Tuesday, July 13, 2010

Dawn, Sunrise, Twilight, Sunset and Dusk

In last Thursday's blog, I described early morning walks with my wife after we rise at dawn. I promised to describe what "dawn" means.

Dawn is the time that marks the beginning of the twilight before sunrise. Per the definitions below, there is astronomical dawn, nautical dawn, and civil dawn.

Sunrise is the instant at which the upper edge of the Sun appears above the horizon in the east.

Twilight is the time between dawn and sunrise, and between sunset and dusk. Per the definitions below, there is astronomical twilight, nautical twilight, and civil twilight.

Sunset is the daily disappearance of the sun below the horizon as a result of the Earth's rotation.

Dusk is the beginning of darkness in the evening. Per the definitions below, there is astronomical dawn, nautical dawn and civil dusk.

Morning civil twilight begins when the geometric center of the sun is 6� below the horizon (the point of civil dawn), and ends at sunrise. Evening civil twilight begins at sunset and ends when the center of the sun reaches 6� below the horizon (the point of civil dusk). In general, civil twilight is the point where artificial illumination is required to read outside.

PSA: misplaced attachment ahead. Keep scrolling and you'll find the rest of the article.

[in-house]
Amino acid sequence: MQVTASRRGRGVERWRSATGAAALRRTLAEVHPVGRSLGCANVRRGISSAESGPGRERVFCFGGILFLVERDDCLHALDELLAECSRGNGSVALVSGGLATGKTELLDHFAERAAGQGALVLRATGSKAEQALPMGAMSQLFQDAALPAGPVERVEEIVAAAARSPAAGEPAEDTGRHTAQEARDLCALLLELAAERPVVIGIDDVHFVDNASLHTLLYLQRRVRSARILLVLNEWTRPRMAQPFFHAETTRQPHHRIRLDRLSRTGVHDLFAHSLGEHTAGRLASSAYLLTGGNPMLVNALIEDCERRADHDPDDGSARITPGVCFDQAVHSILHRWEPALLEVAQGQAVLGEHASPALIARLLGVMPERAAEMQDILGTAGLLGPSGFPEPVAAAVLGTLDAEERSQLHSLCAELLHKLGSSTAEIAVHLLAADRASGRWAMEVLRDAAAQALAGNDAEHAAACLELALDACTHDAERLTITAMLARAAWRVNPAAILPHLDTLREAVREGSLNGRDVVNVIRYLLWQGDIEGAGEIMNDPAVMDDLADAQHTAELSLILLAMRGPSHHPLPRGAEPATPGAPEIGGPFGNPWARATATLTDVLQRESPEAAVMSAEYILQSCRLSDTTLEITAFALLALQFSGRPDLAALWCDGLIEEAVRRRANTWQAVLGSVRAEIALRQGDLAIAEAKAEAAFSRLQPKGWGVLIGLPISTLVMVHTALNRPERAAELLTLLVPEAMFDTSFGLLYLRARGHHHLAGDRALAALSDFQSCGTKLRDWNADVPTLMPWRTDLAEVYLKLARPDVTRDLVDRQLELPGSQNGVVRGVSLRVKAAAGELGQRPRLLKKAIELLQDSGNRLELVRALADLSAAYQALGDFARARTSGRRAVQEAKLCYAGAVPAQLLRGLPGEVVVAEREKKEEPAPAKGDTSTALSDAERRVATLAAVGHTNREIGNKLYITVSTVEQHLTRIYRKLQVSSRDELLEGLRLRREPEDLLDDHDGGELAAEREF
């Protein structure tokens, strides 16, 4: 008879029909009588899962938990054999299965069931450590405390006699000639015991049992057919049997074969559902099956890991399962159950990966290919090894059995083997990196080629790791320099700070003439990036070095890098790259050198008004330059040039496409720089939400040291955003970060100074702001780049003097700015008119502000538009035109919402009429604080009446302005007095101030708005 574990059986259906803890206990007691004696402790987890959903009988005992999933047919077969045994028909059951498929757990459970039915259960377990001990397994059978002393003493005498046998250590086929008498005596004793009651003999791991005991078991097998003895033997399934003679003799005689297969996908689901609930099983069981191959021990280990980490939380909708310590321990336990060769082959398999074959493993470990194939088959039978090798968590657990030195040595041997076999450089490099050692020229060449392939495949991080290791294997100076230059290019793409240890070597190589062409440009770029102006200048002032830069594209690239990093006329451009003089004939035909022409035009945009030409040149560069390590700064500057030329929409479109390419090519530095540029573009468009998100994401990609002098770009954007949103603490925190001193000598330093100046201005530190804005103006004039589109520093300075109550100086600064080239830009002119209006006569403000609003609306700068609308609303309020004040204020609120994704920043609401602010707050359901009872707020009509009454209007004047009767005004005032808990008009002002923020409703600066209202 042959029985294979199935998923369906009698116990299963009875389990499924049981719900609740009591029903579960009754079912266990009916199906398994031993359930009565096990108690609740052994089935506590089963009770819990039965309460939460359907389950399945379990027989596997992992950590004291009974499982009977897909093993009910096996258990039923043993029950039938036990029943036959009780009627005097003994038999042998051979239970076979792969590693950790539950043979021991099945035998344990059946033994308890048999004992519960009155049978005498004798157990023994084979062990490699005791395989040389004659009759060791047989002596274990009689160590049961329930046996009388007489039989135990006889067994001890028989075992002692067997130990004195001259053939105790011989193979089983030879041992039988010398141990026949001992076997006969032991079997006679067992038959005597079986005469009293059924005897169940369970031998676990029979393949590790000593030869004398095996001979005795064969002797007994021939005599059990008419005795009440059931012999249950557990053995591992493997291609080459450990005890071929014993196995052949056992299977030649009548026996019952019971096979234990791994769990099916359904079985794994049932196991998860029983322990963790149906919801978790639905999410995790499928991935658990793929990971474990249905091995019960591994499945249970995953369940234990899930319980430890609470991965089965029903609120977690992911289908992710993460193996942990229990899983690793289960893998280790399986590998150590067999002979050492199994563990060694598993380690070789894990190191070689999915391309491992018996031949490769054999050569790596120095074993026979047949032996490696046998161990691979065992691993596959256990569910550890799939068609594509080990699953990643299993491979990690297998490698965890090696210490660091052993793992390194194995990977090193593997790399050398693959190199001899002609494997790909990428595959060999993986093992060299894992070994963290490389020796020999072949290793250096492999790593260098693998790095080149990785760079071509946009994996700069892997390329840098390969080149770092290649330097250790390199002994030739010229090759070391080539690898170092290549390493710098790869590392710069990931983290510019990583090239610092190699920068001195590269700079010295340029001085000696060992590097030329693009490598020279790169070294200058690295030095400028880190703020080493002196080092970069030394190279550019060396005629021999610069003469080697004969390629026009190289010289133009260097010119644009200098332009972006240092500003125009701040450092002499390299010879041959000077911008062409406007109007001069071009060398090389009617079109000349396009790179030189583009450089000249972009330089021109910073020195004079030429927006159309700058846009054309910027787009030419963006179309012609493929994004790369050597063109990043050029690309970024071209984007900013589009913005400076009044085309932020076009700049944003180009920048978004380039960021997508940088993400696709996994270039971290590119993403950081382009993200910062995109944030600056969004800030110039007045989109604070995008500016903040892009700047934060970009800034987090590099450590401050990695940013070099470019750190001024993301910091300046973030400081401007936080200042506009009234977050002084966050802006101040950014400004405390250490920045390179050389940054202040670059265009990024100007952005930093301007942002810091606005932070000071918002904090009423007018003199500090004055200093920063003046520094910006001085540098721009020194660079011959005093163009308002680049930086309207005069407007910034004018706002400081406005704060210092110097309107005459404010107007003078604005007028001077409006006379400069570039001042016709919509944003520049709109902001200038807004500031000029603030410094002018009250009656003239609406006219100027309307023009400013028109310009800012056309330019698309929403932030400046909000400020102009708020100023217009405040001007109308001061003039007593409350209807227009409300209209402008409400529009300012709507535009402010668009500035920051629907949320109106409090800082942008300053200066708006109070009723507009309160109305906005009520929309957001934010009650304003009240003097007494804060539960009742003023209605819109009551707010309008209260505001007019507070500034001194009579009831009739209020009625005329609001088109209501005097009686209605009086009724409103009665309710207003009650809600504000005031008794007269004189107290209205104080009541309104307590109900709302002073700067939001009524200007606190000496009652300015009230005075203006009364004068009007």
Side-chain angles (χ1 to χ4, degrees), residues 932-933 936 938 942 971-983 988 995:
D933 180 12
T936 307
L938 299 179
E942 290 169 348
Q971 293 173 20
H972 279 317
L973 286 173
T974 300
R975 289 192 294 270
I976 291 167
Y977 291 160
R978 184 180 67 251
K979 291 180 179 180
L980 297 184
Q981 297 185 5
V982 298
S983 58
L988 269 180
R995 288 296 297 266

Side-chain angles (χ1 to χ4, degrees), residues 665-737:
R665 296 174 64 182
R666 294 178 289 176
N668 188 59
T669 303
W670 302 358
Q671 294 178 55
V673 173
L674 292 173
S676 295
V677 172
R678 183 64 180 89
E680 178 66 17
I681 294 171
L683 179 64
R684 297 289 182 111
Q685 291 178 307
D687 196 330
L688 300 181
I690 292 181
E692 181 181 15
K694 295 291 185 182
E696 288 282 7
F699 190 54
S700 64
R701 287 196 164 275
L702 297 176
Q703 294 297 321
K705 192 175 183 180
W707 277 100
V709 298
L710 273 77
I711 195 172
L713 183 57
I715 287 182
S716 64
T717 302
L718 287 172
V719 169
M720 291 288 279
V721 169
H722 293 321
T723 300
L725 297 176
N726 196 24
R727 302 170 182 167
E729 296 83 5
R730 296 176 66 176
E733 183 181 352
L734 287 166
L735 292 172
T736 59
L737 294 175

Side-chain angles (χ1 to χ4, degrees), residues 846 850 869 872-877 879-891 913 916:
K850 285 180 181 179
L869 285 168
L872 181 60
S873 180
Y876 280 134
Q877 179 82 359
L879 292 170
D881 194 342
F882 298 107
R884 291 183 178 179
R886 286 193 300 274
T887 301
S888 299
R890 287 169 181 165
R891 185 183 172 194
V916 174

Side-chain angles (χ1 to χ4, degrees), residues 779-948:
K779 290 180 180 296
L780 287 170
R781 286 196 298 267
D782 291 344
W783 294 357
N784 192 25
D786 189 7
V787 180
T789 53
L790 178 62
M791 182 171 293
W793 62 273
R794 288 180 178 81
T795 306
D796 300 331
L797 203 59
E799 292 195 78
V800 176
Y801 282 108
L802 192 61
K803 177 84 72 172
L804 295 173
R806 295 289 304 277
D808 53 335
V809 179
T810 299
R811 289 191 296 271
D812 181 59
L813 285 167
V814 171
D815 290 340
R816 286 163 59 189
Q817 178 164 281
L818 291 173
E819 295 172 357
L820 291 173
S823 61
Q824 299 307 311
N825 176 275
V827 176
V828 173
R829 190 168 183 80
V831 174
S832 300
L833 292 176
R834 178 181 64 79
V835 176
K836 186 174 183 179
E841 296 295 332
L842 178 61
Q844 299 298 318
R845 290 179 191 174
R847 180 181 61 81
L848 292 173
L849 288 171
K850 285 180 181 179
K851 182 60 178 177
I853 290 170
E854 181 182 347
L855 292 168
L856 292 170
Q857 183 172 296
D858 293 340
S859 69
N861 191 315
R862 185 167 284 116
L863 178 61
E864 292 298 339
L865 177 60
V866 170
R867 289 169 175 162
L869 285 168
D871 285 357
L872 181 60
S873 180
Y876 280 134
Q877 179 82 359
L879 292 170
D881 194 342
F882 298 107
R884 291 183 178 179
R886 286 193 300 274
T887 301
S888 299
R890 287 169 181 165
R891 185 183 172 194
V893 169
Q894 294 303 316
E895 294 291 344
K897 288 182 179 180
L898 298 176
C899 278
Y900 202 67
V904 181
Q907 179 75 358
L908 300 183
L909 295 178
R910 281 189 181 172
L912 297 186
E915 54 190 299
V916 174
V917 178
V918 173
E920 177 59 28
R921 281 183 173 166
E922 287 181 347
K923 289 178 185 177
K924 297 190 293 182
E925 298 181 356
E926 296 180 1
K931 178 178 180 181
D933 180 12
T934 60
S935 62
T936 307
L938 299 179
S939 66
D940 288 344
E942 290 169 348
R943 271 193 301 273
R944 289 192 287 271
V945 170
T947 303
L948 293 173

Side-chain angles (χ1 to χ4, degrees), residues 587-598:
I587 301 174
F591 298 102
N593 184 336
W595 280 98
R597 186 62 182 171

Nautical twilight is the time when the center of the sun is between 6� and 12� below the horizon. In general, nautical twilight ends when navigation via the horizon at sea is no longer possible.

Astronomical twilight is the time when the center of the Sun is between 12� and 18� below the horizon. In general, the end of astronomical twilight is the point where the sky is no longer illuminated by the sun and is dark enough for all astronomical observations.

All of this is summarized in the graphic above.

So when I say that I walk with my wife at dawn, I mean that we rise at civil dawn and begin our walk in civil twilight, ending it after sunrise.

Never again will you confuse dawn with sunrise or sunset with dusk!
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